Is your land due for a prescribed burn? Quercus has begun the process of installing firebreaks and composing burn plans for the upcoming burn season this fall and also Spring 2016. If you have a prairie, woodland, wetland, or CRP field that you would like burned, NOW is the time to get on our Burn List. By confirming early we will be sure to get your firebreaks installed, burn plans written, and any necessary permits acquired. Give us a call or shoot us an email today! We look forward to hearing from you and helping you manage your land.

Phone: 608-767-3553   Email: office@quercus-ls.com

Closed off unit 1.  Photo by Michael Kienitz
Closed off unit 1.
Photo by Michael Kienitz

Projects, Update

Looking back on the burn season

This spring the Quercus Crew had another excellent burn season and we were able to check off all of our burns on our list! We burned 36 sites over 25 burn days and approximately 800 acres! It was a busy season and we were lucky enough to have a very talented photographer document two of our burns. One at the UW Lakeshore Preserve and one at a private property in the Ridgeway area. I hope you enjoy these photos as much as we do – Check them out at: http://www.bobbisolum.com/Quercus-Burns

If you would like the Quercus Crew to burn your property contact us in order to get on our list! Our schedule fills up quickly, and we try to prioritize burns based on the date we confirm them.

Office@quercus-ls.com      608-767-3553

Conservation Topics, Projects

Holy Smokes and Drones

On Wednesday Quercus burned at Holy Wisdom Monastery in Middleton, WI and had another safe, successful day on the job. The Monastery has 7 units totaling 85 acres of quality prairie on their property. 

The Quercus Crew had the privilege of having Michael Kienitz (photo4u@michaelkienitz.com)  documenting their burn at Holy Wisdom with his incredible drones! It was amazing to see how well his drones handled the rising heat from our flames. The images are breath-taking and a perspective that we normally would never see! Check out the handful of photos from this day and his website for his other works (idroneon.com).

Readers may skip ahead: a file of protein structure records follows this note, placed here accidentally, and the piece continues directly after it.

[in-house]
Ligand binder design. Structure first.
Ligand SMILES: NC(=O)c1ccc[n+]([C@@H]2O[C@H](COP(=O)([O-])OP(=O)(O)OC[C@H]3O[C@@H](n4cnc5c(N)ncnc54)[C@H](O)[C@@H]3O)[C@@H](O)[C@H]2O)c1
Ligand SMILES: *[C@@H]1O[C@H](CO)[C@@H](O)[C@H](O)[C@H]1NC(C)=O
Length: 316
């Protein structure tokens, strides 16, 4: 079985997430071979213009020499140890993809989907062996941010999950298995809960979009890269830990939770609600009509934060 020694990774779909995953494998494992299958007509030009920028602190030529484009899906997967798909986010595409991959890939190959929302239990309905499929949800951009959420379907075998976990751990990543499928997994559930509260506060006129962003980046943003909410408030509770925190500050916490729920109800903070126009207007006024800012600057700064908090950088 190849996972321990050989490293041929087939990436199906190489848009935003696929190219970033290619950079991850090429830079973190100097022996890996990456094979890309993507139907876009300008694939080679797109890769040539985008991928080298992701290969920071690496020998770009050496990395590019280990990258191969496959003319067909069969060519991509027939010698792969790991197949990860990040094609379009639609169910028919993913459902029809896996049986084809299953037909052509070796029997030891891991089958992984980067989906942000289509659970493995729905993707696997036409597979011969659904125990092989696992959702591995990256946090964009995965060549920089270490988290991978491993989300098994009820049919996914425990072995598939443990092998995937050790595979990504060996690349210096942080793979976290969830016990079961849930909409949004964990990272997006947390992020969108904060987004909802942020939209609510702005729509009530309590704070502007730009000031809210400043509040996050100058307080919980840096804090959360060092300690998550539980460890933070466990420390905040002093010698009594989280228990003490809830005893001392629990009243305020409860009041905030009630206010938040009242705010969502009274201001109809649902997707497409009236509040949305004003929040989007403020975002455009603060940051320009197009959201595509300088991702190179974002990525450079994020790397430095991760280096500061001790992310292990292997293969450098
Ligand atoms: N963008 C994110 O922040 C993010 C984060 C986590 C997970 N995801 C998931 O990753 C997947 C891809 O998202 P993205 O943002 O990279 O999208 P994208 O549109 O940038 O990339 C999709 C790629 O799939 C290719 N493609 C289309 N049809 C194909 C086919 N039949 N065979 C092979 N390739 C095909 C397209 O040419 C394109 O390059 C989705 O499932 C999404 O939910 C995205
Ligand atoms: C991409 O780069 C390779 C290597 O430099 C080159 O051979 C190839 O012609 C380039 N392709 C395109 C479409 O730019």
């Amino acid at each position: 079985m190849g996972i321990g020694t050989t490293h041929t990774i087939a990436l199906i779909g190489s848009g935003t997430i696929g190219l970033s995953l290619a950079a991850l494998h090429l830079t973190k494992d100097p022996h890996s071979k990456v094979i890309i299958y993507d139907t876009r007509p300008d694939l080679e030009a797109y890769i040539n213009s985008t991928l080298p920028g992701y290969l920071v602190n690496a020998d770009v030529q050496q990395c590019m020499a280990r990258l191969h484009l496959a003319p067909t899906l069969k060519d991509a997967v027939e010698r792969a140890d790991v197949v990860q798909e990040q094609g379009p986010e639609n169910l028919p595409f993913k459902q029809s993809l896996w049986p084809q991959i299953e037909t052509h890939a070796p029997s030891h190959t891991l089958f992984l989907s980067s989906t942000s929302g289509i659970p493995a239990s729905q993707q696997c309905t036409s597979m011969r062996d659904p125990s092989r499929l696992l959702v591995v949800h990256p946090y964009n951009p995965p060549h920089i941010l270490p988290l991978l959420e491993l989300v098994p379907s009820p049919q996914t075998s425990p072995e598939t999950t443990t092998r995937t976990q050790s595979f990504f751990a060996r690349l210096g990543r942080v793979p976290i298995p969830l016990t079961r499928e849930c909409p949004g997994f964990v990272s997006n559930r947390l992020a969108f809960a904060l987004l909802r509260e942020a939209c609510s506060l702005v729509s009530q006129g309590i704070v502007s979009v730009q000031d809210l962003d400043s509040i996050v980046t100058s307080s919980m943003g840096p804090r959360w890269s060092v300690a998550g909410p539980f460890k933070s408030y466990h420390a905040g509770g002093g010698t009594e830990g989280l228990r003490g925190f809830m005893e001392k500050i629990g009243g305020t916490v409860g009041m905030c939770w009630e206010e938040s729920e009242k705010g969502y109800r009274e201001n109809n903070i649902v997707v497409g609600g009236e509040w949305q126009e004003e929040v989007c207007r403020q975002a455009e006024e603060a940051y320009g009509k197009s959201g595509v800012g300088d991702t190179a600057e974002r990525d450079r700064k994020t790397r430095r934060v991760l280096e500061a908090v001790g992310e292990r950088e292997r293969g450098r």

Wisconsin Channel 3000 stopped by and interviewed Jim about our burn. Check it out here!

Conservation Topics, Projects

Documentary featuring Quercus at the 2015 Wisconsin Film Festival!

Last spring a UW Madison student, Elizabeth Wadium filmed a short documentary that features Quercus burning at Pheasant Branch and Lakeshore Nature Preserve called “Prairie Burns.” It is being screened at this year’s 2015 Wisconsin Film Festival!  Screening times are Thursday, April 9th at 8:45pm (Union South) and Friday, April 10th at 3:15 (Sundance Cinemas) before a showing of “Uncle John.” Come check out the Quercus Crew in action!


The 2015 Spring Burn Season has ARRIVED!

Today marks the first day of the Spring Burn season for the Quercus Crew! We are all excited to get started on our list of burns that are located in Western Dane County, Iowa County, and Columbia County. The crew are busy preparing the equipment and filling tanks with water and drip torches with fuel. For those of you who haven’t scheduled your burn with us yet, not to worry, there is still time to add your name to our list! If you see smoke on the horizon, it could be the Quercus Crew hard at work. Enjoy the spring!

Wet lining. Spring 2014
Wet lining. Spring 2014